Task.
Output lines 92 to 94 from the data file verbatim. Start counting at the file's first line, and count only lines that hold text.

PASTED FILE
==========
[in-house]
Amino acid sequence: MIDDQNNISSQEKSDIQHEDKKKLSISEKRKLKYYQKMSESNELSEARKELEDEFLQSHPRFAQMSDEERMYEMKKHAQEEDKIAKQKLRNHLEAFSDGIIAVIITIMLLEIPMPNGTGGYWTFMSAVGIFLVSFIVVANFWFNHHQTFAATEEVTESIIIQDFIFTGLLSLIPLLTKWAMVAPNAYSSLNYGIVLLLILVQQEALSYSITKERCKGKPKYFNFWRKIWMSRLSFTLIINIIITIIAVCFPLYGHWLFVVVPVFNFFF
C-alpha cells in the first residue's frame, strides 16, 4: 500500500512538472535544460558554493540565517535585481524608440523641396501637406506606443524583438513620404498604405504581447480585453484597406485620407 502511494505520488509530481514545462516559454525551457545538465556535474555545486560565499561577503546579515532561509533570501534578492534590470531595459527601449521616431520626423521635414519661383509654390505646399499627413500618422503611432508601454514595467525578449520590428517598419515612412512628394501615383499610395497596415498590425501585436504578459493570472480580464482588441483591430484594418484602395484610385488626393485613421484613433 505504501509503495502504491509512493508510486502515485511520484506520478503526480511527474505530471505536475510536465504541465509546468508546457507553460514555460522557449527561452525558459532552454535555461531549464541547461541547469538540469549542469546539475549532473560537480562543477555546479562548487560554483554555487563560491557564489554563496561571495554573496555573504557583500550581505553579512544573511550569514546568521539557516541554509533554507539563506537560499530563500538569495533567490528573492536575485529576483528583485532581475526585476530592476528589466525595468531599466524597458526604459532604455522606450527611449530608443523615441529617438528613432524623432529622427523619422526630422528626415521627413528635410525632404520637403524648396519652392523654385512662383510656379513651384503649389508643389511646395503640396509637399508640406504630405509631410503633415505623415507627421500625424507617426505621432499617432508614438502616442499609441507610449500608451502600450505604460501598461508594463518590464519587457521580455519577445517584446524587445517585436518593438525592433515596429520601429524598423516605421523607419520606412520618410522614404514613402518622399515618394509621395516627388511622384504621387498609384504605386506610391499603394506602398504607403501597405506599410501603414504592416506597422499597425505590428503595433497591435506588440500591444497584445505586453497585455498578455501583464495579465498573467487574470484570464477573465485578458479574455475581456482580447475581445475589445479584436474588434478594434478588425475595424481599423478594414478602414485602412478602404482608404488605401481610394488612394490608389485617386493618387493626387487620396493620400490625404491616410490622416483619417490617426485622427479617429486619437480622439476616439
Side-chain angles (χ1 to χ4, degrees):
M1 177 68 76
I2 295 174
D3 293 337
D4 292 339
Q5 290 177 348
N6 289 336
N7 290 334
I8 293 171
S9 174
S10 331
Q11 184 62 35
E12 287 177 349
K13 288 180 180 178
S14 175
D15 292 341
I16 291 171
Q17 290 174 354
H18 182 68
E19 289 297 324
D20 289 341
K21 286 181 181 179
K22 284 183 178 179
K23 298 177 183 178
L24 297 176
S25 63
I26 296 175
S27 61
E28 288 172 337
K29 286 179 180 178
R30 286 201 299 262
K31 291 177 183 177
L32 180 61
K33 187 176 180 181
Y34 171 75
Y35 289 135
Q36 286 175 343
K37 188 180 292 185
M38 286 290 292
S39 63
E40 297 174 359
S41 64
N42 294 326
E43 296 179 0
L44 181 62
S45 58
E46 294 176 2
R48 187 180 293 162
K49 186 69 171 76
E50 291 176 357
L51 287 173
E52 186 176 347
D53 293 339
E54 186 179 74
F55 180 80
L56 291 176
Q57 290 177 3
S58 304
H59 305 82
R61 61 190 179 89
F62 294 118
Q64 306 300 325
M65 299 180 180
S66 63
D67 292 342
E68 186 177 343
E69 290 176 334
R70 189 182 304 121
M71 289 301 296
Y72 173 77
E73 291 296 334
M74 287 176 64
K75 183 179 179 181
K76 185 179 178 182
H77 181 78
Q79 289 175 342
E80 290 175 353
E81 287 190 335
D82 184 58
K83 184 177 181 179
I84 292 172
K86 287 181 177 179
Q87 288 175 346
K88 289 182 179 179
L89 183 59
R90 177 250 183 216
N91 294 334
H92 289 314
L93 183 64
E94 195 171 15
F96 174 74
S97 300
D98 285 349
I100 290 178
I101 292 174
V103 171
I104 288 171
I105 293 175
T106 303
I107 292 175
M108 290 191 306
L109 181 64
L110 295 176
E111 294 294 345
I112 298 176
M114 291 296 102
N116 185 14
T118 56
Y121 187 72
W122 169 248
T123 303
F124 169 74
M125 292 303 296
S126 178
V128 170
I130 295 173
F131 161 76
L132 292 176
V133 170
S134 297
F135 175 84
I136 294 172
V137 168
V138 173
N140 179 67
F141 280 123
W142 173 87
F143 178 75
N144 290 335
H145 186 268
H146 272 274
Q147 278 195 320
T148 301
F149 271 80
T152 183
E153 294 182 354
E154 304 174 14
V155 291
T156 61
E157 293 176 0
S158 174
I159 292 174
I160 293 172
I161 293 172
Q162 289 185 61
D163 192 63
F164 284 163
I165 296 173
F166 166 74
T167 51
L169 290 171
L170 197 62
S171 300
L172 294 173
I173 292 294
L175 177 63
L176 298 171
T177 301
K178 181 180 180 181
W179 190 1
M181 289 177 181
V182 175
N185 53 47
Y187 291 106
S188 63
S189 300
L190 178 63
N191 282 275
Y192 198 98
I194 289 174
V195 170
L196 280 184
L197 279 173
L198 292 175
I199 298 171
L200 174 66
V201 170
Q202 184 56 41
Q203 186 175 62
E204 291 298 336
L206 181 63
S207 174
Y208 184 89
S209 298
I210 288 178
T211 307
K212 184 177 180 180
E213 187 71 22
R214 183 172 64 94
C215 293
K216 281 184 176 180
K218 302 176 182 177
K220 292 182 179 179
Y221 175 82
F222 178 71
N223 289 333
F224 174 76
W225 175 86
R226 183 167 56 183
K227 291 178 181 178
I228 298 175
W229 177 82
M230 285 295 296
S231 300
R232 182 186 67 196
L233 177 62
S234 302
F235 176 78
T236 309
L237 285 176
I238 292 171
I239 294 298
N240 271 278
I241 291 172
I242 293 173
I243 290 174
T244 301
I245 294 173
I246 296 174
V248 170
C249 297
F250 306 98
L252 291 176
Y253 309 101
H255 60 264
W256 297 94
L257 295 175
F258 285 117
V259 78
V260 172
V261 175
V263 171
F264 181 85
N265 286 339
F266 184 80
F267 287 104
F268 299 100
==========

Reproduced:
L93 183 64
E94 195 171 15
F96 174 74